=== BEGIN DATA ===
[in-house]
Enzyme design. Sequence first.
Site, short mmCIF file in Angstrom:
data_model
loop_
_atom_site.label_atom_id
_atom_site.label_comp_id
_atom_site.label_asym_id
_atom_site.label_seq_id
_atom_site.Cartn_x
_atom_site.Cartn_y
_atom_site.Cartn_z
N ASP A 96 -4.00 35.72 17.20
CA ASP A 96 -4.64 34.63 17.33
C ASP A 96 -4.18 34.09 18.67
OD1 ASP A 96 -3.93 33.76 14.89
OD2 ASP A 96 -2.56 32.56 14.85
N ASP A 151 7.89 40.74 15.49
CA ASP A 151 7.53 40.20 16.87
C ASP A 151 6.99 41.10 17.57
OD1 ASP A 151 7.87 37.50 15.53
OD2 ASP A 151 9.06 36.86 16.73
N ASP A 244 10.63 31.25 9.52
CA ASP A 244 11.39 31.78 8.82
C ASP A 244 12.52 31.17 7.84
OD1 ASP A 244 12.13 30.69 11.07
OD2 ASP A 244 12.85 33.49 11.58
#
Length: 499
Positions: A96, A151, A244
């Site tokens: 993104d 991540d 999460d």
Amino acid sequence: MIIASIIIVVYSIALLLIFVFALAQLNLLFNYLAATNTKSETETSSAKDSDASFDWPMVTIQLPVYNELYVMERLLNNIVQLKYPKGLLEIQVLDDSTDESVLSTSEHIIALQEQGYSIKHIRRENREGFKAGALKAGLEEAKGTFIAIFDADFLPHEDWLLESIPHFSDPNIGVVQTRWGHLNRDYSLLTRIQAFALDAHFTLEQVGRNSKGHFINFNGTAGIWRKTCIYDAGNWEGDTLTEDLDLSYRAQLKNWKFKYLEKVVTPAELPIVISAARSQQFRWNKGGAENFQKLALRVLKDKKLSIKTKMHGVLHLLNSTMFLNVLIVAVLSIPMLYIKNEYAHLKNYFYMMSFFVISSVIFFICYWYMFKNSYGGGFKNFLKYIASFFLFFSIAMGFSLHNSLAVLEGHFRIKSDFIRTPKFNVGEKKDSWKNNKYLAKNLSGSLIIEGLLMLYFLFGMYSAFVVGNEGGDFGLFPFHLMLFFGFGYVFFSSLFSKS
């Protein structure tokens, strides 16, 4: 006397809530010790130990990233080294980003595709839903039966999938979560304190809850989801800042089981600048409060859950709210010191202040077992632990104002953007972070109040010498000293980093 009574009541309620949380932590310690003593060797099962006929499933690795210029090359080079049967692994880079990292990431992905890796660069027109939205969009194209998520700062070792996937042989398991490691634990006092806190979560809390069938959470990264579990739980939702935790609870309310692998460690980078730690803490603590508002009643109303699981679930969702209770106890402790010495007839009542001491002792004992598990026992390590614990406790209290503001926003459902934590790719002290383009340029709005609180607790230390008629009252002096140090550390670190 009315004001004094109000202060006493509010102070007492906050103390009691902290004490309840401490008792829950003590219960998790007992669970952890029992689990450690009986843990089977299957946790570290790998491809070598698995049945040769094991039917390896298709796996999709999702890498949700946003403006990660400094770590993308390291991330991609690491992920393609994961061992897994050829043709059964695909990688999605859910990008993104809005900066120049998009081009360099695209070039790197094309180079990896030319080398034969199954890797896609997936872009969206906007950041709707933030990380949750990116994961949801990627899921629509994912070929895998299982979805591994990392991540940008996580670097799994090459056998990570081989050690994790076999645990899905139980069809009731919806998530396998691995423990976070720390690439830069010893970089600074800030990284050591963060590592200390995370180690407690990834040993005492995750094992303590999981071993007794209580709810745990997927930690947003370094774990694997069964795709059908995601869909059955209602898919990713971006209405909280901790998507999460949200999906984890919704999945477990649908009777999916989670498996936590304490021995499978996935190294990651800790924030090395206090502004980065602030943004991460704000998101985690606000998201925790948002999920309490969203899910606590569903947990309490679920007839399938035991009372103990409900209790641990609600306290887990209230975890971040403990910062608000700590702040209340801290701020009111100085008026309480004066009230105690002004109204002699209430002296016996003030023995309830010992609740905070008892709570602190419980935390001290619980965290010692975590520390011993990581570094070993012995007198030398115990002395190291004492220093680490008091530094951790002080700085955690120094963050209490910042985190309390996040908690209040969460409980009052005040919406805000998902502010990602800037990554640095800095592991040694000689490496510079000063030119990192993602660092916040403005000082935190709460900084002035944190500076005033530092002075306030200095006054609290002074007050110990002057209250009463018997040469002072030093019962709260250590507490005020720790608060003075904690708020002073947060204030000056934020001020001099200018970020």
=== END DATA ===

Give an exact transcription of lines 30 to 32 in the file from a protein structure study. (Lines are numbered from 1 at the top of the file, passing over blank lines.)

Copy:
Positions: A96, A151, A244
């Site tokens: 993104d 991540d 999460d």
Amino acid sequence: MIIASIIIVVYSIALLLIFVFALAQLNLLFNYLAATNTKSETETSSAKDSDASFDWPMVTIQLPVYNELYVMERLLNNIVQLKYPKGLLEIQVLDDSTDESVLSTSEHIIALQEQGYSIKHIRRENREGFKAGALKAGLEEAKGTFIAIFDADFLPHEDWLLESIPHFSDPNIGVVQTRWGHLNRDYSLLTRIQAFALDAHFTLEQVGRNSKGHFINFNGTAGIWRKTCIYDAGNWEGDTLTEDLDLSYRAQLKNWKFKYLEKVVTPAELPIVISAARSQQFRWNKGGAENFQKLALRVLKDKKLSIKTKMHGVLHLLNSTMFLNVLIVAVLSIPMLYIKNEYAHLKNYFYMMSFFVISSVIFFICYWYMFKNSYGGGFKNFLKYIASFFLFFSIAMGFSLHNSLAVLEGHFRIKSDFIRTPKFNVGEKKDSWKNNKYLAKNLSGSLIIEGLLMLYFLFGMYSAFVVGNEGGDFGLFPFHLMLFFGFGYVFFSSLFSKS